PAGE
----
Chapter # 6 Paragraph # 4 Study # 4
November 14, 2006
18 Being then made free from sin, ye became the servants of righteousness.
19 I speak after the manner of men because of the infirmity of your flesh: for as ye have yielded your members servants to uncleanness and to iniquity unto iniquity; even so now yield your members servants to righteousness unto holiness.
20 For when ye were the servants of sin, ye were free from righteousness.
21 What fruit had ye then in those things whereof ye are now ashamed? for the end of those things is death.
1901 ASV Translation:
18 and being made free from sin, ye became servants of righteousness.
19 I speak after the manner of men because of the infirmity of your flesh: for as ye presented your members as servants to uncleanness and to iniquity unto iniquity, even so now present your members as servants to righteousness unto sanctification.
20 For when ye were servants of sin, ye were free in regard of righteousness.
21 What fruit then had ye at that time in the things whereof ye are now ashamed? for the end of those things is death.
- I. The Promise of Freedom From Sin.
- A. Is not a promise of freedom from the creation-order-consequences of actions taken: what one tolerates becomes one's master. This is true in the present as well as in the future kingdom.
- B. Is a promise of freedom from the Judicial consequences of sin.
- C. Is not a promise of an inability to sin.
- D. Is a promise of freedom from any "necessity" to sin -- i.e., an inescapable compulsion.
- 1. This, however, is a thorny issue because it is Paul's thesis that one will become enslaved to that to which one submits, yet he holds out the hope that the slavery does not have to be permanent.
- 2. On the other hand, what is "bondage" if it is "escapable"?
- E. Is not a promise of "easy" living in the sense that former "habits of sin" will simply disappear and there will be no "struggle" to surmount the problem(s).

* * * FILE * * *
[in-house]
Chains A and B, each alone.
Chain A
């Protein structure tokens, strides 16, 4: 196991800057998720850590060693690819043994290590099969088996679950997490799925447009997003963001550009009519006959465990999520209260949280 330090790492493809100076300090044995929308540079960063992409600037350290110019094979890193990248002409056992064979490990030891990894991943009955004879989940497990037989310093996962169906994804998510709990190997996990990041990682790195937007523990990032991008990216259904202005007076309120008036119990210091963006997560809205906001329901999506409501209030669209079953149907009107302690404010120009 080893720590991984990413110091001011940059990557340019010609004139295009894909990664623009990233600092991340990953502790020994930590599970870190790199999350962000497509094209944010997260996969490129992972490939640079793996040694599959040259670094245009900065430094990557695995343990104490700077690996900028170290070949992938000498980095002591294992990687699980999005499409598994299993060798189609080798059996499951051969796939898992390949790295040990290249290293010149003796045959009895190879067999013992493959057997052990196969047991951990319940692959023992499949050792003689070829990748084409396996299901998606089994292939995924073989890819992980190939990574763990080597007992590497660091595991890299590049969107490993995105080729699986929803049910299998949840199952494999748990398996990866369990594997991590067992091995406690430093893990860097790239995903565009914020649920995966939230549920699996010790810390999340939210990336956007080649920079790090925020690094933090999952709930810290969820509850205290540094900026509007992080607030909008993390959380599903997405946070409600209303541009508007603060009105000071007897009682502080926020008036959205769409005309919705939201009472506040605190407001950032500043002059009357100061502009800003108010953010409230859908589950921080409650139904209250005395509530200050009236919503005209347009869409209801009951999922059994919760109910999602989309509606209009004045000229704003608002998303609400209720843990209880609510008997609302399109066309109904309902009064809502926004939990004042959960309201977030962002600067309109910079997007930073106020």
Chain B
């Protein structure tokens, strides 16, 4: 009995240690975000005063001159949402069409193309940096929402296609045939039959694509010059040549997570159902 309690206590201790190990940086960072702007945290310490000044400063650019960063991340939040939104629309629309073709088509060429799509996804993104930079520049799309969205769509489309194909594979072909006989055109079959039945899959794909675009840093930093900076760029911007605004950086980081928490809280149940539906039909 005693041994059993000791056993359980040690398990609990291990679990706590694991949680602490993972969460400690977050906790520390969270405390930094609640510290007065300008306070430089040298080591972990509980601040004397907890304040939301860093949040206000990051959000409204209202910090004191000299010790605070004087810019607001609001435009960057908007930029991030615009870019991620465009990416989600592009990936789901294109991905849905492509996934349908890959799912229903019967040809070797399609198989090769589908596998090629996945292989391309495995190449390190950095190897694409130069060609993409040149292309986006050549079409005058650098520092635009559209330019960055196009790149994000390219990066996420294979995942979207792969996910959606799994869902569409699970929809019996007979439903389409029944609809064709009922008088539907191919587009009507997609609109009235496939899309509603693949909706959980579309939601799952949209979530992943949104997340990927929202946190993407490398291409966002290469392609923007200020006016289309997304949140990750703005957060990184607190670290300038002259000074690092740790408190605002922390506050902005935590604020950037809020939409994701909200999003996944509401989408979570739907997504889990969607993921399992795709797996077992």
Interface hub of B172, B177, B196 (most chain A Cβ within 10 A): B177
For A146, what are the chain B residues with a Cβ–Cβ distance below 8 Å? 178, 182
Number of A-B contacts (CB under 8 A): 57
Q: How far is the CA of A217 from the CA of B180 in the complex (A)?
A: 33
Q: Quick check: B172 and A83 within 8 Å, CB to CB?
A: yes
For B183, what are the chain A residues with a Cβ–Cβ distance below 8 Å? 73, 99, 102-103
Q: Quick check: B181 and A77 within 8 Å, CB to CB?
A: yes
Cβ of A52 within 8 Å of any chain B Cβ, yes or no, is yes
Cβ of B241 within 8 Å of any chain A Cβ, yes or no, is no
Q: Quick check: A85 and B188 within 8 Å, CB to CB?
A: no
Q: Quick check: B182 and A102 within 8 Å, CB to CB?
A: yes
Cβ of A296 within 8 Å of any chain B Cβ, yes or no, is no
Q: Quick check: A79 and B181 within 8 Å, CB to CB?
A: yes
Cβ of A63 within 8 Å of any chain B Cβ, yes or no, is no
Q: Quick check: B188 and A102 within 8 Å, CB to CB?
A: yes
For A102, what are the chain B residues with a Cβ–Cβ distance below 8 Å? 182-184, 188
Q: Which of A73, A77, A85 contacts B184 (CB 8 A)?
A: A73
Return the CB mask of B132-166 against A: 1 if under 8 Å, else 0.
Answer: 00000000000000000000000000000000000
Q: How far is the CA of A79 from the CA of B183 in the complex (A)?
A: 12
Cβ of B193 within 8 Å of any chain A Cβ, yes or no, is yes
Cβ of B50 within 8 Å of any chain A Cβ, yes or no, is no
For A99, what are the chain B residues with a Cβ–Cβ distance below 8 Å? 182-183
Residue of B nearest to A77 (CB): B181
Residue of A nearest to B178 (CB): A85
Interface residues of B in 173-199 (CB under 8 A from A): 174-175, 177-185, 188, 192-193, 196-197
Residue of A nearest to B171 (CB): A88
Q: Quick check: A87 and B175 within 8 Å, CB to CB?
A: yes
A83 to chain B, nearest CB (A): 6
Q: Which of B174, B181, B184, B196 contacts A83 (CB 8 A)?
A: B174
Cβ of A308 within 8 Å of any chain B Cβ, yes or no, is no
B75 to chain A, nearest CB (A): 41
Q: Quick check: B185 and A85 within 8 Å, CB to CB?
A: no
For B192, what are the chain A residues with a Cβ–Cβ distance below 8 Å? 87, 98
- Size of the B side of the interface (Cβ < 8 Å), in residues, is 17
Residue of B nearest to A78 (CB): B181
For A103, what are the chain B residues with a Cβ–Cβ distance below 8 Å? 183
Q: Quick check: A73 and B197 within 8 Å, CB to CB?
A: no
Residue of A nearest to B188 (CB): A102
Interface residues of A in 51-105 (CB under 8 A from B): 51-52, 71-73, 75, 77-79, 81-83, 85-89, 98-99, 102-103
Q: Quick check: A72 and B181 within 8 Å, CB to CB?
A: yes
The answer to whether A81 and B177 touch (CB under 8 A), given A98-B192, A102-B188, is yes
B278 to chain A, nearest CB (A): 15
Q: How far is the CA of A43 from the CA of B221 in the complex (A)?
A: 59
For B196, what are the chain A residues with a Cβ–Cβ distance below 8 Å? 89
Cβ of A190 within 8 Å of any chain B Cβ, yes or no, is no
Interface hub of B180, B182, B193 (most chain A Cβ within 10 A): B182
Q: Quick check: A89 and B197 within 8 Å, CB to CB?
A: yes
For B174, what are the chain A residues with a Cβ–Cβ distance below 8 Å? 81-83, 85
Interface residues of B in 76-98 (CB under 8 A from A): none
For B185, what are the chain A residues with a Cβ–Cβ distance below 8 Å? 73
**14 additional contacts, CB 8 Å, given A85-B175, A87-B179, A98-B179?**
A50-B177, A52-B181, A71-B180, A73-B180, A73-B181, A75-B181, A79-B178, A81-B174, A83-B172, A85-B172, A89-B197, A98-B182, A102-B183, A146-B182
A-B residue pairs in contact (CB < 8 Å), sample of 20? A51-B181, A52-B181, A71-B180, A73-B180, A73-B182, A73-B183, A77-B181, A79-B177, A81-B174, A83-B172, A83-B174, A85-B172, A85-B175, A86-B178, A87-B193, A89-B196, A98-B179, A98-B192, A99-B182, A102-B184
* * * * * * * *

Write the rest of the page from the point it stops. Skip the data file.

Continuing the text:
- F. Is a promise of sufficient divine provision for success. There is a very large Old Testament illustration of "life by faith" in Israel's history. It consists of "redemption" as at the Exodus and "sanctification" as in the struggle against the giants in the land. There is no "victory" without "struggle", but the "struggle" must be seen as a divinely empowered effort and not a humanly produced basis for boasting. The issue that commands a very large part of the landscape here is a fundamental commitment to the current divine agenda.
- 1. Just as unbelievers begin to hedge and pull back from the "decision" to repent and turn to God, believers hedge and pull back from the "decision" to commit to God's agenda as they understand it. The reason is the same on both counts: the unwillingness to turn loose of their own control over their lives. In other words, the sinful insistence that God permit them to be the dominant personality in their own experiences.
- 2. The current divine agenda has to do with being conformed to the image of Christ at all levels in all areas of interest. This means a clear-eyed commitment to being "godly" in every way and to being sufficiently humble to confess each failure as it occurs. When we maintain/regain a "clear conscience" before God, the Spirit of God is free to produce the life of Christ in us. This "procedure" is not "difficult", but it does require "persistence" and "consistency". I cannot afford to slide through my days without responding to God's Truth as it applies to me, when it applies to me.